darkness and light
Director of Athletics Gene
Hooks said, “a comfortable and
accessible study area and an
investment in the future of
athletics at Wake Forest.” The
dormitory would provide rooms
for one hundred and twenty-six
students and would be paid for
by the Department of Athletics
over a period of ten years.
In the context of what was
being said by students at this
time about campus housing—
its various inadequacies, needs
for renovation, differences in
quality between men’s rooms
and women’s rooms, continuing
displeasure about the rules for
visitation—the idea of an athletic
dormitory was disturbing. Ed
Cunnings, Director of Housing,
said, “Elitist isolation is not the
answer to the problems we have
here,” and alumnus Al Hunt
(B.A., 1965), national political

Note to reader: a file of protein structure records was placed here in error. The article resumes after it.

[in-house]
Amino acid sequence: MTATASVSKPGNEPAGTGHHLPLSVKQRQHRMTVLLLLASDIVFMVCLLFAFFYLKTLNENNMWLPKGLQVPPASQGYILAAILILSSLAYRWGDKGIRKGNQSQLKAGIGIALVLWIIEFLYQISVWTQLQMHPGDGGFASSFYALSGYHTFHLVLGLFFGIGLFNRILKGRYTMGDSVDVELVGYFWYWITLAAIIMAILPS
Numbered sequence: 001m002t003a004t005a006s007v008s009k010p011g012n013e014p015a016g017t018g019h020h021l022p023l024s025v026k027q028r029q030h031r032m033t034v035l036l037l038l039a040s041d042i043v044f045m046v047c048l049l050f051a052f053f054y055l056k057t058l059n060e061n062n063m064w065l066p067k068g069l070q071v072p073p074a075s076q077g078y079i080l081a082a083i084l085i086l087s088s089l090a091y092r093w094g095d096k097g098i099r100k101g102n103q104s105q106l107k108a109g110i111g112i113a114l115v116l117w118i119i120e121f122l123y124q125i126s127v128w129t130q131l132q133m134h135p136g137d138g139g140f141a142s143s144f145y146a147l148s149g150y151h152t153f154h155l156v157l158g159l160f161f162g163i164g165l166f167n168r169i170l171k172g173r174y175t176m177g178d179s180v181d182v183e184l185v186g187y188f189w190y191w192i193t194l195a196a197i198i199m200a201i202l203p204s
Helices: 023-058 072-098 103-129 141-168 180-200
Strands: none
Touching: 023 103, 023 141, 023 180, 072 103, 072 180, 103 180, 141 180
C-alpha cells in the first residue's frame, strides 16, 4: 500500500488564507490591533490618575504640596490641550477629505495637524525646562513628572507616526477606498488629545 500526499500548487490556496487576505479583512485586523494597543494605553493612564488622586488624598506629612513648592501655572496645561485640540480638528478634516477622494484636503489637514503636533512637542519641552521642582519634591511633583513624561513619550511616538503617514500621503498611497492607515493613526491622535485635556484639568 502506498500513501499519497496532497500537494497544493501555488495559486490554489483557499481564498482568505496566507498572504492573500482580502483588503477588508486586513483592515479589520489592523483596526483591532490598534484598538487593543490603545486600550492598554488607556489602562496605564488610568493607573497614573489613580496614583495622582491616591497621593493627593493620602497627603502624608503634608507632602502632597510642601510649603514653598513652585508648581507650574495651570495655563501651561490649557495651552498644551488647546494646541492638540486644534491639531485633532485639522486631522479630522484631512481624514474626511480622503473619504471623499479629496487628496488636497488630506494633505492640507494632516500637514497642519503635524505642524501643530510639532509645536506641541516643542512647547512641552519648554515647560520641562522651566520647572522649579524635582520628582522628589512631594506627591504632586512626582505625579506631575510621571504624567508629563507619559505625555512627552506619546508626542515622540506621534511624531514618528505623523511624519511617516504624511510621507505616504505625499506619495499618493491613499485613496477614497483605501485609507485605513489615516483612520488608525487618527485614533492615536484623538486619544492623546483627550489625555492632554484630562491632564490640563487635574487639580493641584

correspondent for the Wall Street Journal, in his Founders’ Day
Convocation address, urged the administration “to change, imme-
diately, the ludicrous idea of opening a dormitory exclusively for
athletes.” He also said, incidentally, that Wake Forest should “elim-
inate all social restrictions” within two years, “if for no other reason
that we can harness our energies, anger and ideas on more important
issues.” Understandably, his speech was received warmly by the
Convocation audience.
Unfortunately for the athletic department—in spite of opposi-
tion by Hunt and others, the Trustees authorized the construction
of the dormitory for athletes—frustration was mounting over the
trips to Greensboro now required for all those who wanted to see
Conference basketball games, and every problem with traffic or
weather or seating became a matter for concern. The team had a
Al Hunt and President Scales
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